Gettysburg Address: Facts & Stories You've Never Heard
The brief yet powerful speech that President Abraham Lincoln delivered on November 19, 1863, has become one of the most revered speeches in U.S. history. Most people know how the iconic speech starts, the memorable "Four score and seven years ago," but that may be the extent of their knowledge of the Gettysburg Address. Lincoln's words, presented as an official dedication of the National Cemetery of Gettysburg, are still as relevant today as they were when they were spoken in Pennsylvania 156 years ago today. Let's look at the Gettysburg Address to uncover some facts and stories that you may not have heard before.
Lincoln was not the Headliner
For such a momentous occasion as the dedication of the National Cemetery, the event organizers invited the greatest orator in the country to deliver the keynote speech. No, not Abraham Lincoln. It was actually Edward Everett, a former senator, former president of Harvard University, and a dynamic public speaker. In fact, he was possibly the best-known orator at the time, and the event organizers knew he could draw a crowd.
They were less sure about Abraham Lincoln. Although he was a highly intelligent man, Lincoln---so they thought---didn’t have the way with words that Everett did. On the day of the dedication ceremony, Everett delivered a rousing two-hour speech from memory in which he detailed the Battle of Gettysburg and likened the creation of the United States to the rise of the great Greek republic. Lincoln had to follow that up with a brief, 272-word speech that barely lasted two minutes. The carefully written speech was so powerful and memorable, however, that Everett later wrote that Lincoln accomplished in two minutes what it took him two hours to do.
Lincoln was Making a Political Statement
Preserving the Union was foremost on President Lincoln's mind during the American Civil War. When he was asked to deliver a speech at the dedication of the National Cemetery at Gettysburg, he saw an opportunity to sway the American public to accept the idea of a reunified United States, with the South rejoining the union.
Legend has it that Lincoln hastily scribbled his speech on the train en route to Gettysburg, but the reality is that Lincoln took his time, going through several revisions until he was satisfied. He used the Gettysburg Address to propose that the Civil War was a test to determine if the young nation could survive, ending with the conviction that the "government of the people, by the people, and for the people shall not perish from the Earth." Not surprisingly, his remarks were met with mixed reviews. Republicans praised the speech while Democrats called it "inadequate."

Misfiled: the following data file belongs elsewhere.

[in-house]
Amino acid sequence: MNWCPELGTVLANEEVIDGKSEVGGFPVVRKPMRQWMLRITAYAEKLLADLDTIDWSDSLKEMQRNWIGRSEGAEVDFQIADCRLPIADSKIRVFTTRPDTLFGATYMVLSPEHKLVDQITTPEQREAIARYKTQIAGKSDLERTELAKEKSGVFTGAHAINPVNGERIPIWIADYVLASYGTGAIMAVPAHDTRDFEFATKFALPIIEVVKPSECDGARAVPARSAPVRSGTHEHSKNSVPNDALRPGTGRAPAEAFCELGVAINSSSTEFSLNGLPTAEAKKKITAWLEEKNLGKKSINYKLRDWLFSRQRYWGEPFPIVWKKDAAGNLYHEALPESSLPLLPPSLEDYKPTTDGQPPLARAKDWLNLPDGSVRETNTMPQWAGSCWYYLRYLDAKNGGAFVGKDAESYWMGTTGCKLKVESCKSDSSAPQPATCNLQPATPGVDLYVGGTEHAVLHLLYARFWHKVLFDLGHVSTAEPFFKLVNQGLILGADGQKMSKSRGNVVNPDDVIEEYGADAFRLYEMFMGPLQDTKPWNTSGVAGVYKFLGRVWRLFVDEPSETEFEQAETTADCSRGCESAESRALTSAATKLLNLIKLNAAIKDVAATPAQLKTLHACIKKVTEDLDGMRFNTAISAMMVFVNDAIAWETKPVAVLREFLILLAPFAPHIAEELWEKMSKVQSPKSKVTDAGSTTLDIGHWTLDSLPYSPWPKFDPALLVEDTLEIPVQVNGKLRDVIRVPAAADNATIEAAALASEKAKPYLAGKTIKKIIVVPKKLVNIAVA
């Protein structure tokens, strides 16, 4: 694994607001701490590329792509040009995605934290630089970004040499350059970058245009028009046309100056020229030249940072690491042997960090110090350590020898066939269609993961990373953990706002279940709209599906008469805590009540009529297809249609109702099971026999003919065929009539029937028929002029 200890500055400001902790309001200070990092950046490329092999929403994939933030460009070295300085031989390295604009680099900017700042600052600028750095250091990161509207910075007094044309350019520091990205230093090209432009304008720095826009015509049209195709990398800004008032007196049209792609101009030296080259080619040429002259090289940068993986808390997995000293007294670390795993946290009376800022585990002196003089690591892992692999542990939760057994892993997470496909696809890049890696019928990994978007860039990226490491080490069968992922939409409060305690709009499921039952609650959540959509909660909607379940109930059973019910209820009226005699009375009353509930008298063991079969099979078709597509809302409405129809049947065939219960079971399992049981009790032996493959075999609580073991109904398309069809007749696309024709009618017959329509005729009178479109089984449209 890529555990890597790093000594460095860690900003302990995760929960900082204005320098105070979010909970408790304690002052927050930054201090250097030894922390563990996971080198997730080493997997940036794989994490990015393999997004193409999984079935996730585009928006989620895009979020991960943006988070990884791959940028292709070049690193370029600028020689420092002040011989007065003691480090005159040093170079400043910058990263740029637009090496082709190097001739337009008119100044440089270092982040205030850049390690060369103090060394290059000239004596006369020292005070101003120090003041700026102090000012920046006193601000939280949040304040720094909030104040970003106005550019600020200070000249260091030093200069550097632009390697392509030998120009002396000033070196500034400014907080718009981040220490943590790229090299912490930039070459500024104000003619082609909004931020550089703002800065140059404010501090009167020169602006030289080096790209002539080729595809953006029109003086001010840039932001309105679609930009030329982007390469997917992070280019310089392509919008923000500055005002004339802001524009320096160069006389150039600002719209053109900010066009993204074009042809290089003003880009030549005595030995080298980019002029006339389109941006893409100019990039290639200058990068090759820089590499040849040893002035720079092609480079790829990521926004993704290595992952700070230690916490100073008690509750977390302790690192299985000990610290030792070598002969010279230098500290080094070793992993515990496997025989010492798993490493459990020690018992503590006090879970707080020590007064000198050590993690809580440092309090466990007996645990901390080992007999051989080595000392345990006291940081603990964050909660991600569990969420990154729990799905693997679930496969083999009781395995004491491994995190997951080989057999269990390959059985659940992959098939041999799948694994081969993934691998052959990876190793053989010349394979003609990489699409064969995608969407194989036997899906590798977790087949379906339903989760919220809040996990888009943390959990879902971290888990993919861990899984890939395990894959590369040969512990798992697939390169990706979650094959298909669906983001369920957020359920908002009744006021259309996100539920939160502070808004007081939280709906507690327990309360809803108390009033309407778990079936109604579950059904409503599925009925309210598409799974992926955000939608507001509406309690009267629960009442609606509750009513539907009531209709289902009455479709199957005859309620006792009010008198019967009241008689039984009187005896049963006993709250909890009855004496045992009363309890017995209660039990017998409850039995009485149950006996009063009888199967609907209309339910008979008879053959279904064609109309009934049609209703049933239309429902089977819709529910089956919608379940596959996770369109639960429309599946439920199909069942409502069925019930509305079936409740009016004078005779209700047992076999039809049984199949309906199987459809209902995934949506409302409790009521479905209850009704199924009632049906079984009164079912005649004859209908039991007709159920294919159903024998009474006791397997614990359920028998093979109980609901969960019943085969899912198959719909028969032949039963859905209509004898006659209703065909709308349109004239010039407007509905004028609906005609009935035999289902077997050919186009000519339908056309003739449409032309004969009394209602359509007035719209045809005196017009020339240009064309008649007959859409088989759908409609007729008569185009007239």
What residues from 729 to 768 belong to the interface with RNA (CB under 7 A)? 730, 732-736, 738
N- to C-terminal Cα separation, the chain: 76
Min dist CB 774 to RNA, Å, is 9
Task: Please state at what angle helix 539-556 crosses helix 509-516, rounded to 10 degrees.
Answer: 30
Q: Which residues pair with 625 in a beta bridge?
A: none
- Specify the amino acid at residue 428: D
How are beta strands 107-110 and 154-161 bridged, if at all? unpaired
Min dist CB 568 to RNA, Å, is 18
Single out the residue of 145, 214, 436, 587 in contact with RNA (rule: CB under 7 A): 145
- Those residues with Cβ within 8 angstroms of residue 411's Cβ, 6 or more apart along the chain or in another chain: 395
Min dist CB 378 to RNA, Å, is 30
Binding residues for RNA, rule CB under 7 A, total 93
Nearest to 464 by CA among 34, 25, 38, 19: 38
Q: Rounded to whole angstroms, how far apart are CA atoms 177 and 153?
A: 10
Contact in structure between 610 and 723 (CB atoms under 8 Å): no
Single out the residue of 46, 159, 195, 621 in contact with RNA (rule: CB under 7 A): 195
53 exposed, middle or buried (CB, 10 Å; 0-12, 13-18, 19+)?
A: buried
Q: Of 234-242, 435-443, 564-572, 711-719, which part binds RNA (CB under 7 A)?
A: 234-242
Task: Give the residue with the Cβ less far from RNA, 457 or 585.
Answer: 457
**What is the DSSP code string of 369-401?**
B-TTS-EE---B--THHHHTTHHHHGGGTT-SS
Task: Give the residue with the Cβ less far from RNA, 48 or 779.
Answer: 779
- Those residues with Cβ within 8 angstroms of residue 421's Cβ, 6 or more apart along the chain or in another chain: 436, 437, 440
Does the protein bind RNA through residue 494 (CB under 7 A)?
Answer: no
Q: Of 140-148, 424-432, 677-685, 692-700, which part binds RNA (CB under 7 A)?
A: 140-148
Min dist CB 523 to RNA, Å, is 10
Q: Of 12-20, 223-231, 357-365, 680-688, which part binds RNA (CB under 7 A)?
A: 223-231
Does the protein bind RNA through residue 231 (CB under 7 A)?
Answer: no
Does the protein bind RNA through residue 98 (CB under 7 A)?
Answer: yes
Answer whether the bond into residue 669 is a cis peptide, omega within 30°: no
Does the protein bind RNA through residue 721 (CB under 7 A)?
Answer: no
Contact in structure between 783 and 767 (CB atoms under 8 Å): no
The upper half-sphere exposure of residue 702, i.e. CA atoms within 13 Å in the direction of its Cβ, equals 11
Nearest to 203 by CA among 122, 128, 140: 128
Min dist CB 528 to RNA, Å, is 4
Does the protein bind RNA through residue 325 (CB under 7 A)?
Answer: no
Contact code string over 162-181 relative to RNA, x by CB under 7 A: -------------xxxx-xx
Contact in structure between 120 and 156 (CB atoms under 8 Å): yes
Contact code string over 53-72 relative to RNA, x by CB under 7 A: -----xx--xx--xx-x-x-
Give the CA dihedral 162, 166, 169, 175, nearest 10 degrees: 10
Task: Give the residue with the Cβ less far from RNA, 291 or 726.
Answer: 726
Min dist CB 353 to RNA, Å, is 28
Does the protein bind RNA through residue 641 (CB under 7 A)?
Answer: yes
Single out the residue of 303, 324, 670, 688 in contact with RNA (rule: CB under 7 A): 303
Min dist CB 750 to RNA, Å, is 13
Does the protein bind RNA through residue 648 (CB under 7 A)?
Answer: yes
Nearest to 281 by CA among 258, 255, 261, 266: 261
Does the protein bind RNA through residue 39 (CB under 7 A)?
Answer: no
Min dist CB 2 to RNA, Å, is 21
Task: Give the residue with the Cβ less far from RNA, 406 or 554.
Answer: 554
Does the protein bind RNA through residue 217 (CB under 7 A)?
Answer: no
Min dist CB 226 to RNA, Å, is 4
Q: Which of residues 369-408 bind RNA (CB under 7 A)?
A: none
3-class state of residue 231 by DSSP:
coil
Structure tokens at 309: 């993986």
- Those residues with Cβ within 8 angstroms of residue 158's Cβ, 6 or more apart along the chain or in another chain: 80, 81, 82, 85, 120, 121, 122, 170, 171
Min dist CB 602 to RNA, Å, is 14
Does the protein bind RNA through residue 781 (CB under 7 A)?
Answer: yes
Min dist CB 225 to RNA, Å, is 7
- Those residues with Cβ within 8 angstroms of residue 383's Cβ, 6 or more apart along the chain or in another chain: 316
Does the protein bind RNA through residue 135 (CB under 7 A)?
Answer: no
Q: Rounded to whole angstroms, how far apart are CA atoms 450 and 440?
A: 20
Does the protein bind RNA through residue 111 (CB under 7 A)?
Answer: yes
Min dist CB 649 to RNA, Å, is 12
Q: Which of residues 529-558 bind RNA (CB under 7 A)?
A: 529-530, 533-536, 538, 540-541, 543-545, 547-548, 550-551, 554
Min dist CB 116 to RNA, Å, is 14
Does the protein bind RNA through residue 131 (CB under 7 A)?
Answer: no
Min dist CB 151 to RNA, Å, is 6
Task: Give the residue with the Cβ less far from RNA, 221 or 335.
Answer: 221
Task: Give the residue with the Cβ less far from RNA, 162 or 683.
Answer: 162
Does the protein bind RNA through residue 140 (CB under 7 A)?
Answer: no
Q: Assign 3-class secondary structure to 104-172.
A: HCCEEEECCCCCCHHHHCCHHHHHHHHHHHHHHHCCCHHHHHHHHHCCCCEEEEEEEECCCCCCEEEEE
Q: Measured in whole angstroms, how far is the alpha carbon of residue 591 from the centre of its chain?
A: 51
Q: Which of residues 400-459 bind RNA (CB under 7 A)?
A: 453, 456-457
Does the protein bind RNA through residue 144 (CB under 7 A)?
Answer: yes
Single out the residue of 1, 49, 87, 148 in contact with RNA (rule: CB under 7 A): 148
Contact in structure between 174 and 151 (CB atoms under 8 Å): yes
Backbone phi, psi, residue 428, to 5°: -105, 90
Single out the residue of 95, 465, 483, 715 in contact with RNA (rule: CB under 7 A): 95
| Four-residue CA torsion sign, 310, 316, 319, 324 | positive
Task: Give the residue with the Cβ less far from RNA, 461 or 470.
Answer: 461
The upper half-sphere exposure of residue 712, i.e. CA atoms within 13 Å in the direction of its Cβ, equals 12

Lincoln Knew how to Work the Media
One of the key reasons why Abraham Lincoln's Gettysburg Address was so short, especially when compared to Everett's two-hour speech, was that Lincoln understood the value of a pithy message. He knew that among the thousands of people in attendance at the dedication ceremony would be a number of reporters, and at the conclusion of the speeches, those reporters would flock to the town's telegraph office to wire their news stories to their respective employers. As a result, he intentionally crafted a speech that would be easy for journalists to remember and send to their editors. In fact, many of the nation's newspapers printed Lincoln's Gettysburg Address in its entirety. Everett's speech, meanwhile, was only excerpted.
Gettysburg Saw an Influx of Visitors
In 1863, Gettysburg, Pennsylvania was a fairly small town of roughly 2,500 people, but more than 15,000 people came to Gettysburg for the dedication of the National Cemetery. That put a strain on the town. When Lincoln and his entourage arrived in town the night before the dedication ceremony, they found a place to stay in the home of local attorney David Wills and his extremely pregnant wife. In fact, the Wills family had so many people staying with them that night (a whopping 38 in total) that most of them, including the governor of Pennsylvania, had to sleep two or three to a bed, sometimes with strangers. Only two people had the privilege of sleeping in their own bed: Edward Everett and Abraham Lincoln.